Jewish Mission is what Judaism asks of us in return, both individually and collectively. To the initiated, it is not a request, but a command. Do justice to the widow and the orphan. Care for the sick and the hungry. Revere the elderly. Be a Light unto the Nations. Seek peace. Love your fellow as yourself. Love the stranger. Recognize the “Image of God” and invaluable humanity of all people. Be merciful. Create a just society with rule of law and an impartial judiciary. Model honest business practices. Respect others’ property. Share what you have been given with those less fortunate. Contribute to the public good. Be good caretakers of the environment. Facilitate the study of Torah and proliferation of Jewish meaning for others. Save lives. Enhance the dignity of humanity. Build community. Be pleasant to others and do not inflict upon them that which you would hate to have directed at you. Take active responsibility for the welfare of others. Uphold truth. Stand against oppression, even (especially) if you must stand alone.
Many elements of Jewish Meaning, too, are expressed in the form of a command: Study Torah; Gather in a quorum to reaffirm core communal values through prayer; Mark time according to Jewish tradition, history and destiny – to name a few. Nevertheless, Jewish Meaning is primarily inwardly directed – what we receive from our encounter with and embrace of Judaism in making sense of our lives, whereas Jewish Mission is outwardly directed – what we must contribute of ourselves to the world, to others, to life itself. Interpretations of how each Jewish Mission-based imperative applies to specific actions and causes can vary, and informed, well-intentioned people may disagree strongly on “what Judaism says” about a particular contemporary issue or value. Indeed, the commitment and discipline to disagree with respect and amity is itself an aspect of Jewish Mission, as modeled in the pages of the Talmud and the rabbinic dictum praising an “argument for the sake of heaven”. So too is the humility to recognize that one’s own understanding of truth may not be definitive or exclusive. “There are 70 faces to the Torah” and “These and these are (both) the words of the Living God.”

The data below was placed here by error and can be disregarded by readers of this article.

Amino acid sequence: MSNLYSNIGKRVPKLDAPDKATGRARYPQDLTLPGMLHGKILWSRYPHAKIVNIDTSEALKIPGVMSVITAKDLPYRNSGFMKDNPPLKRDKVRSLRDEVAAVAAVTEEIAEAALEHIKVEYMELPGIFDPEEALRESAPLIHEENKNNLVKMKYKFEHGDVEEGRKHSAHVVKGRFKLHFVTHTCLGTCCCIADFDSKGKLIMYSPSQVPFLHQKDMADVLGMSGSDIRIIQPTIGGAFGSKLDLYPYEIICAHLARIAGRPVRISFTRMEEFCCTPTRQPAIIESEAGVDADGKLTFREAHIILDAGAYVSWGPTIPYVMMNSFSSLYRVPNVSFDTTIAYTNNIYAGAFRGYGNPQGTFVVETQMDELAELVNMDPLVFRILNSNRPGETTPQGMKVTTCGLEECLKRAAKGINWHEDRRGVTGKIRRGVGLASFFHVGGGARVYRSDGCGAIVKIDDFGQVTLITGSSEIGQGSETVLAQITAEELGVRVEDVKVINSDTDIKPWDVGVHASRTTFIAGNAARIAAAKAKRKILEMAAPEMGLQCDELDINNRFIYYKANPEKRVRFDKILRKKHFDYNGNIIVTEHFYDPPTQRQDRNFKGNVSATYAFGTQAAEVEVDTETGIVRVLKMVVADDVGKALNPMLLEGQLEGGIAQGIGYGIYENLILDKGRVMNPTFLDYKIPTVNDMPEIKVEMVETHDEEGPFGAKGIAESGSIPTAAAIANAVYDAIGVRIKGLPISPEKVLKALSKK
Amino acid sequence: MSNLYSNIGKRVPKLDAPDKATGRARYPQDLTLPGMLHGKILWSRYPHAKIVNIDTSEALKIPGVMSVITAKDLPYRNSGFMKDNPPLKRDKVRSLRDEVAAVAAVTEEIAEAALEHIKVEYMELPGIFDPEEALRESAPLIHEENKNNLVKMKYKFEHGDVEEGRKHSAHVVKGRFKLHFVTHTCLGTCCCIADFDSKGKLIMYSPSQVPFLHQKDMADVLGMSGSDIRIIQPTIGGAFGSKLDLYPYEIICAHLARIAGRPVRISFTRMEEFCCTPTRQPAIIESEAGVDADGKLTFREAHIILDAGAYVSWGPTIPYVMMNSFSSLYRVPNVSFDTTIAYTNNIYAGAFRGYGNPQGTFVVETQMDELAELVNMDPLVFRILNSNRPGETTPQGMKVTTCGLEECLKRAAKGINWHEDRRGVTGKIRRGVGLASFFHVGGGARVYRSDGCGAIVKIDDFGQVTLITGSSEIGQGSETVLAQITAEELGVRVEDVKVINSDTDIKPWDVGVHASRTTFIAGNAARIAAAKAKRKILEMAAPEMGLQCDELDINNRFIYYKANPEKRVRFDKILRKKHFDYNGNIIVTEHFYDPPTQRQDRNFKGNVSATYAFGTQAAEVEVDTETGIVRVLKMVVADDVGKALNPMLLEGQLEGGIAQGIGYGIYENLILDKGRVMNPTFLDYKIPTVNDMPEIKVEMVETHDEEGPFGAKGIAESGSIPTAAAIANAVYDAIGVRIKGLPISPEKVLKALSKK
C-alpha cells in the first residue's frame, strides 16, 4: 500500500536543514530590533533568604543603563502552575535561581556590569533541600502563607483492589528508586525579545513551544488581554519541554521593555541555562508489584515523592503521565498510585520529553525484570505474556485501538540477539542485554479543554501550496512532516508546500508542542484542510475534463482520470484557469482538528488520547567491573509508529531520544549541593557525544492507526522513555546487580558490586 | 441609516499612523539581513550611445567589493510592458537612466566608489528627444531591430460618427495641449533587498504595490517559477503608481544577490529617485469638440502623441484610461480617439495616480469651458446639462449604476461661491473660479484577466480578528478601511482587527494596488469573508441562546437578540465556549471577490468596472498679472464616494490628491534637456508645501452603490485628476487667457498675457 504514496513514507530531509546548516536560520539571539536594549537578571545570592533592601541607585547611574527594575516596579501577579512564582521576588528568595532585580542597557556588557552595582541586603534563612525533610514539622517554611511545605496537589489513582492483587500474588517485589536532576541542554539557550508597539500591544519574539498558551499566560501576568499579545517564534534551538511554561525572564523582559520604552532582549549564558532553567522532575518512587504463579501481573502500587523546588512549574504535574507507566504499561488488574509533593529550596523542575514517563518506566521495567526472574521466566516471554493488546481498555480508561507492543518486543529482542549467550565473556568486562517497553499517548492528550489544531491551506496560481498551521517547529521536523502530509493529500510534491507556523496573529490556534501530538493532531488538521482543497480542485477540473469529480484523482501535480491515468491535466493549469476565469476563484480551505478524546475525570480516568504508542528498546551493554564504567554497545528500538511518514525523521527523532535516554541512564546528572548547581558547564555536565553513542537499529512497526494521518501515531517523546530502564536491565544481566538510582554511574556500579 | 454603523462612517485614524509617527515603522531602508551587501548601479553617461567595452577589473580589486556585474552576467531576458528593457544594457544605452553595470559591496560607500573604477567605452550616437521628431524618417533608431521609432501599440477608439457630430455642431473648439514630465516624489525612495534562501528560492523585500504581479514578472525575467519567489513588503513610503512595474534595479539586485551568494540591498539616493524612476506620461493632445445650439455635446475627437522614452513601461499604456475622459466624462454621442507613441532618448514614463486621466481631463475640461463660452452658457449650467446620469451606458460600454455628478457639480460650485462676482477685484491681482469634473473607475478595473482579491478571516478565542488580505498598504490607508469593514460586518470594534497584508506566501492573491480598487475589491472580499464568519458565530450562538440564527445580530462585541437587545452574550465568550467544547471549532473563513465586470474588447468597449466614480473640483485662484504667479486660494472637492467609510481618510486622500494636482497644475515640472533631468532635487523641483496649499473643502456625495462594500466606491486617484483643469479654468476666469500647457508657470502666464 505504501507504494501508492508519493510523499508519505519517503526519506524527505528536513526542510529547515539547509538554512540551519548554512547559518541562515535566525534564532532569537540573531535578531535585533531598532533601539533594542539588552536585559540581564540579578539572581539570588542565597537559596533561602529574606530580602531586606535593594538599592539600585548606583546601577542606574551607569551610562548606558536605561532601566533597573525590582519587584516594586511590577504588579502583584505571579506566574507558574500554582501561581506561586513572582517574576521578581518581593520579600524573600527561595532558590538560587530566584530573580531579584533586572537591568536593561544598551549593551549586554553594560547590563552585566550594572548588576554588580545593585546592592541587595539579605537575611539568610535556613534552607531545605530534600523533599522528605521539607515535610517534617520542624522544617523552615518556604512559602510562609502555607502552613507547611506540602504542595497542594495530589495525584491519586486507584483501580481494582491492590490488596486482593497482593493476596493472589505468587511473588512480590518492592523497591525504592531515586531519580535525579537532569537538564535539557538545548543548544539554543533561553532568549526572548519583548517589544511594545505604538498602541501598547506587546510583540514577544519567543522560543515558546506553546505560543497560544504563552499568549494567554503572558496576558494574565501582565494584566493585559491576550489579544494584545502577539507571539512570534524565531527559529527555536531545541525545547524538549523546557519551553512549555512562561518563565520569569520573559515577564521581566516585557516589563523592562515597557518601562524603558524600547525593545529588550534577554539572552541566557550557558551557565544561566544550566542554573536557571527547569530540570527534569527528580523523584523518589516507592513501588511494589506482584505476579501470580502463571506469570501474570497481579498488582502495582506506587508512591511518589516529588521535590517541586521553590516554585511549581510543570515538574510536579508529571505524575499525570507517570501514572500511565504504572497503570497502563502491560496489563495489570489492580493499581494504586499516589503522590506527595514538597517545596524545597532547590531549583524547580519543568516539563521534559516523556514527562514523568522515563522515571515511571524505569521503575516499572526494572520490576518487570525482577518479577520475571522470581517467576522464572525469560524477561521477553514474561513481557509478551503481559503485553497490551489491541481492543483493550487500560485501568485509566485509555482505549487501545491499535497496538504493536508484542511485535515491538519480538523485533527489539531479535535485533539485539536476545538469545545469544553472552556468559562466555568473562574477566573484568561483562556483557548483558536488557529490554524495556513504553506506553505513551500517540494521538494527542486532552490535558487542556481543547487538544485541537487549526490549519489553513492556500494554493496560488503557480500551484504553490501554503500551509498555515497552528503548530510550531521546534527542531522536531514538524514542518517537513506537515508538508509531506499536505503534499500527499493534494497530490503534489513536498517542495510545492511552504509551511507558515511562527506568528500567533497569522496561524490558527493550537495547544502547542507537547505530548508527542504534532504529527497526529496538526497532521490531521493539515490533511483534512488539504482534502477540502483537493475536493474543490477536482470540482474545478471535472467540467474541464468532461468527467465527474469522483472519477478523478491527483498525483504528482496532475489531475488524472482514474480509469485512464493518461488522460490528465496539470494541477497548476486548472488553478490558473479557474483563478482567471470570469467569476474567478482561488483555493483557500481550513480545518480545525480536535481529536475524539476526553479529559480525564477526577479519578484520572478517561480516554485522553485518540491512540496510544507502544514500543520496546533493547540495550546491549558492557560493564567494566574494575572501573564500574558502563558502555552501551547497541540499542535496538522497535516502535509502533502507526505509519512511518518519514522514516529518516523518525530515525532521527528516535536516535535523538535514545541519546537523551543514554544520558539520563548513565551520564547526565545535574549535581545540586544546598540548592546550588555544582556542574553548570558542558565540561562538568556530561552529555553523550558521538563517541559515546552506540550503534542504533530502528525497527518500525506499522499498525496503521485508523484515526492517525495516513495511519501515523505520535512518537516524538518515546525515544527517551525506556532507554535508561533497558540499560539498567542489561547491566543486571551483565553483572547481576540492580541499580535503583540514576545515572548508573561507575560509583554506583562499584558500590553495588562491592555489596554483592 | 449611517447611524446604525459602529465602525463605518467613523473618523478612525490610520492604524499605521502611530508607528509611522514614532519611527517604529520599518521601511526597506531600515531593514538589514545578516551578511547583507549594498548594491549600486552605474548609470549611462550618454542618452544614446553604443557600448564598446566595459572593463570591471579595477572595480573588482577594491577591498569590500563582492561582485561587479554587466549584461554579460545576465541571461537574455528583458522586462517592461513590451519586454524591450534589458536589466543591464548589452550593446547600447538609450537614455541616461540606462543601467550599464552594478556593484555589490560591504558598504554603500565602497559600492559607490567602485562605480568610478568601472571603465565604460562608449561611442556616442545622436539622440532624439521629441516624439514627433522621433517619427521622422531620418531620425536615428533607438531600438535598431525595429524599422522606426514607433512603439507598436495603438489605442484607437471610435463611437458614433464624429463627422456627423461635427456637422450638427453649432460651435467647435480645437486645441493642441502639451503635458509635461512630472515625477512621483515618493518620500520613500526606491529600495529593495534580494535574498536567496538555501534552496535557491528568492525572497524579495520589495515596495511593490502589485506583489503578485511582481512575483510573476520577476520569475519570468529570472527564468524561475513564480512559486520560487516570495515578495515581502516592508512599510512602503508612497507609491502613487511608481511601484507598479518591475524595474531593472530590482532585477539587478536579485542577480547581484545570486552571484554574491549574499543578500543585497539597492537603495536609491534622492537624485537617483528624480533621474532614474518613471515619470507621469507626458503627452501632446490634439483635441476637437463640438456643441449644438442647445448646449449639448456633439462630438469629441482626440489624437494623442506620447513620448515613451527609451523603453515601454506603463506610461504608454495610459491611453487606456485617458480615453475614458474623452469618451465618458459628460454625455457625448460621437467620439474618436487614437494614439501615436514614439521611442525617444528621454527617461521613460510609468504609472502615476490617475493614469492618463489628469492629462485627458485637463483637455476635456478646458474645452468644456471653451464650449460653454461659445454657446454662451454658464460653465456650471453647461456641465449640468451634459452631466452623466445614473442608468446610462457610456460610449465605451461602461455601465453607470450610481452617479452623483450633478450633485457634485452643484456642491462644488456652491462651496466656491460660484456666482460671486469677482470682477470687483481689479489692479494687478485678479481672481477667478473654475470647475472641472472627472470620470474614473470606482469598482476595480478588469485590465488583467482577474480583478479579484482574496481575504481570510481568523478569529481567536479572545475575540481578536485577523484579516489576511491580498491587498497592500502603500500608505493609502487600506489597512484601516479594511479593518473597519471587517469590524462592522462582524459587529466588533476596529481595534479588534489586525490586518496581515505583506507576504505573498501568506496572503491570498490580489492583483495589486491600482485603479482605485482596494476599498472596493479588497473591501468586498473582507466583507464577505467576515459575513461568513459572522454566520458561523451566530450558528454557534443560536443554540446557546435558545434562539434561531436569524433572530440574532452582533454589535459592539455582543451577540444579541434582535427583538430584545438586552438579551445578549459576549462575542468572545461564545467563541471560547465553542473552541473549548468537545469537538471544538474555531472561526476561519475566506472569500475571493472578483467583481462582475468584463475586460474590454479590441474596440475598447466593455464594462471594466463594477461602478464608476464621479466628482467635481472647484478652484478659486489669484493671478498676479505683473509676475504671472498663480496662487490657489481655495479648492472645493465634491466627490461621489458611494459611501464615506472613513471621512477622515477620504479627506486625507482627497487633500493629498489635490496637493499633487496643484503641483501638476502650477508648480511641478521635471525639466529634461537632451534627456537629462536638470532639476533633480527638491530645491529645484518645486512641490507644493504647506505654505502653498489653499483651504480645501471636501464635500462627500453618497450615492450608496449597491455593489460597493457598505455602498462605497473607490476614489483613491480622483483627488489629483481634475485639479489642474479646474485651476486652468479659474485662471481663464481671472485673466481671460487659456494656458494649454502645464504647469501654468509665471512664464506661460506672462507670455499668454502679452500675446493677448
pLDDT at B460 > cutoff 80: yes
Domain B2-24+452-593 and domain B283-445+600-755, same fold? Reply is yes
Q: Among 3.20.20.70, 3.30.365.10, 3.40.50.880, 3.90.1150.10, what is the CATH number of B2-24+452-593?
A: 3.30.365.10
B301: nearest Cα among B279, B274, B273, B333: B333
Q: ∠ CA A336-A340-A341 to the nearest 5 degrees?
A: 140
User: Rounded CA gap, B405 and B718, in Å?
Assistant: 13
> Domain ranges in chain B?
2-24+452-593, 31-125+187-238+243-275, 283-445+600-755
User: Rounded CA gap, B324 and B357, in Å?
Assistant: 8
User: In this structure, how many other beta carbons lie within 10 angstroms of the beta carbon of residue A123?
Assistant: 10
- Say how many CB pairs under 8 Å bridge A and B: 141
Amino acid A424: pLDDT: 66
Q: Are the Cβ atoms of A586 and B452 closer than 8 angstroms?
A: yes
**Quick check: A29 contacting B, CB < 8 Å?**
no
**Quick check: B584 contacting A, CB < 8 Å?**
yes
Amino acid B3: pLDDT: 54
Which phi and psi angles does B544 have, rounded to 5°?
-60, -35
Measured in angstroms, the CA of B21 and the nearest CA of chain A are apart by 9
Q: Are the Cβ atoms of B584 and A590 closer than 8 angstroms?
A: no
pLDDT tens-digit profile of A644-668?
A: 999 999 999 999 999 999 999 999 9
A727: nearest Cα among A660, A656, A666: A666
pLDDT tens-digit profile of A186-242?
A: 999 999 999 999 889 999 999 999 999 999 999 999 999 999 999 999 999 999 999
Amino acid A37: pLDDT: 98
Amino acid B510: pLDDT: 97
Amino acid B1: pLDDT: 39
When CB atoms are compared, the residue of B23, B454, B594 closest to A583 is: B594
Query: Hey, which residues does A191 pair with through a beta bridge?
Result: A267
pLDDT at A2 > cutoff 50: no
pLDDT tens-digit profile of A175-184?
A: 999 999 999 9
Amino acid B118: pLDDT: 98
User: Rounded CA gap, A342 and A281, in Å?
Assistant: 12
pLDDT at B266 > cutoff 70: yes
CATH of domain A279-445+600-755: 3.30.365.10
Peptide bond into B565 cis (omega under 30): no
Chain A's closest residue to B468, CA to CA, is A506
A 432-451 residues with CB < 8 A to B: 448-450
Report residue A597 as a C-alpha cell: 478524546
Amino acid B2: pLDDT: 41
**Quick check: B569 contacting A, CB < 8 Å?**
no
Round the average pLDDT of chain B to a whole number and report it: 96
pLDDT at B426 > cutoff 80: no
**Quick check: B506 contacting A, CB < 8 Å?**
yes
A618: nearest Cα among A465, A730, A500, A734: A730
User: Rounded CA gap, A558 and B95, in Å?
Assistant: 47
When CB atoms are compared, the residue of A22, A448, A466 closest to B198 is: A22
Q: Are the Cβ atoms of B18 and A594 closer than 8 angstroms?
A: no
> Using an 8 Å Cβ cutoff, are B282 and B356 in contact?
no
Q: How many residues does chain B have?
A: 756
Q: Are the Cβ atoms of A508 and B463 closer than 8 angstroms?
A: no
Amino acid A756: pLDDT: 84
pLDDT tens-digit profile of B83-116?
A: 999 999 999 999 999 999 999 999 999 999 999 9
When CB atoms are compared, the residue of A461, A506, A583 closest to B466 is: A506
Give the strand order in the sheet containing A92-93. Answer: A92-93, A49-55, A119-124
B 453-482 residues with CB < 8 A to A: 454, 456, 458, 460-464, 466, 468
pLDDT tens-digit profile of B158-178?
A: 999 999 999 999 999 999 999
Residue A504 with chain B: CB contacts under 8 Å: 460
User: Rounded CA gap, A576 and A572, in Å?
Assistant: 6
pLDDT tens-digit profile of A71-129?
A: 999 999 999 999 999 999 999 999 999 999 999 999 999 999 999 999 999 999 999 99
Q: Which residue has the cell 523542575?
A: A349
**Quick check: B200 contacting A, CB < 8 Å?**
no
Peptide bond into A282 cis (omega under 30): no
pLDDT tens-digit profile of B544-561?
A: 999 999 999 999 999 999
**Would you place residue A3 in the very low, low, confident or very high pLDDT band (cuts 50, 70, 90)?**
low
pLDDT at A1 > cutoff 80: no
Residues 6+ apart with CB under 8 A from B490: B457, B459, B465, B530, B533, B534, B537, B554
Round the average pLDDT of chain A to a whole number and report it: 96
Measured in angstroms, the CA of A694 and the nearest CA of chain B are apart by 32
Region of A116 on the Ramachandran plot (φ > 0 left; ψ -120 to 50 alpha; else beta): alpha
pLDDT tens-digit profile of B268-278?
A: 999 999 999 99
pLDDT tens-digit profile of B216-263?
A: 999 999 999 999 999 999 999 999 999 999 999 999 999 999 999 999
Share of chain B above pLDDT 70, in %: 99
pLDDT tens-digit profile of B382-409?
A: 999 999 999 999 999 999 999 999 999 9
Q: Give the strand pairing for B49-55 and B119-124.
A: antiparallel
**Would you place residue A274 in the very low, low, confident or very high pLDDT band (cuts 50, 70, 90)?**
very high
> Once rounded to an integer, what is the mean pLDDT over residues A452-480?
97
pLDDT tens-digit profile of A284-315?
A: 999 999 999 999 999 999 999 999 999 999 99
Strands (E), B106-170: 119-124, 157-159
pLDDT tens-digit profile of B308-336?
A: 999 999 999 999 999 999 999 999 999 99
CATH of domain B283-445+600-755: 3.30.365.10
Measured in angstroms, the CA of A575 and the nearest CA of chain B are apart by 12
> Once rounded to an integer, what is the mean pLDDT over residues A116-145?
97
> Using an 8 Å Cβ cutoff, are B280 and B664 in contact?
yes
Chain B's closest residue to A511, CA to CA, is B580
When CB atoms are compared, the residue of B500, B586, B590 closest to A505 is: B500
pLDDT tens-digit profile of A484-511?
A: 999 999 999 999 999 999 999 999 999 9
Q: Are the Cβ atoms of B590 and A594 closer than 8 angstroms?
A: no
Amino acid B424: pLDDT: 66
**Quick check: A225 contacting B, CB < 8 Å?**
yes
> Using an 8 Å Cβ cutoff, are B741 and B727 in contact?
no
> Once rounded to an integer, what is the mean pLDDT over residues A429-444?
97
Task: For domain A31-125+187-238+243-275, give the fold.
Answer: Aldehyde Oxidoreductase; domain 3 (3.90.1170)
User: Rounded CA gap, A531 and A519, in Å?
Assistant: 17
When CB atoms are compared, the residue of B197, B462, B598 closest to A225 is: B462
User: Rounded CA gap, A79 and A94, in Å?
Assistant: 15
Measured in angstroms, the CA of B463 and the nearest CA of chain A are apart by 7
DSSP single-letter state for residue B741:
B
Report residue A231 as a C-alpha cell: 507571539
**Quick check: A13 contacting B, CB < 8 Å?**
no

The significance of Jewish Mission in this schema is not in adopting a particular interpretive approach to Jewish source texts on ethical-social imperatives, nor in their application to specific social or political issues. Rather, it is the acceptance of the foundational obligations of Jewish conscience and values, engagement in the omni-generational conversation about their interpretation, and striving to enact their imperatives in the world, that matter most. Which policy or candidate we believe will advance our understanding of Jewish social values, or which causes we prioritize over others, are tactical considerations within the larger strategic application of Jewish values in seeking to better the world.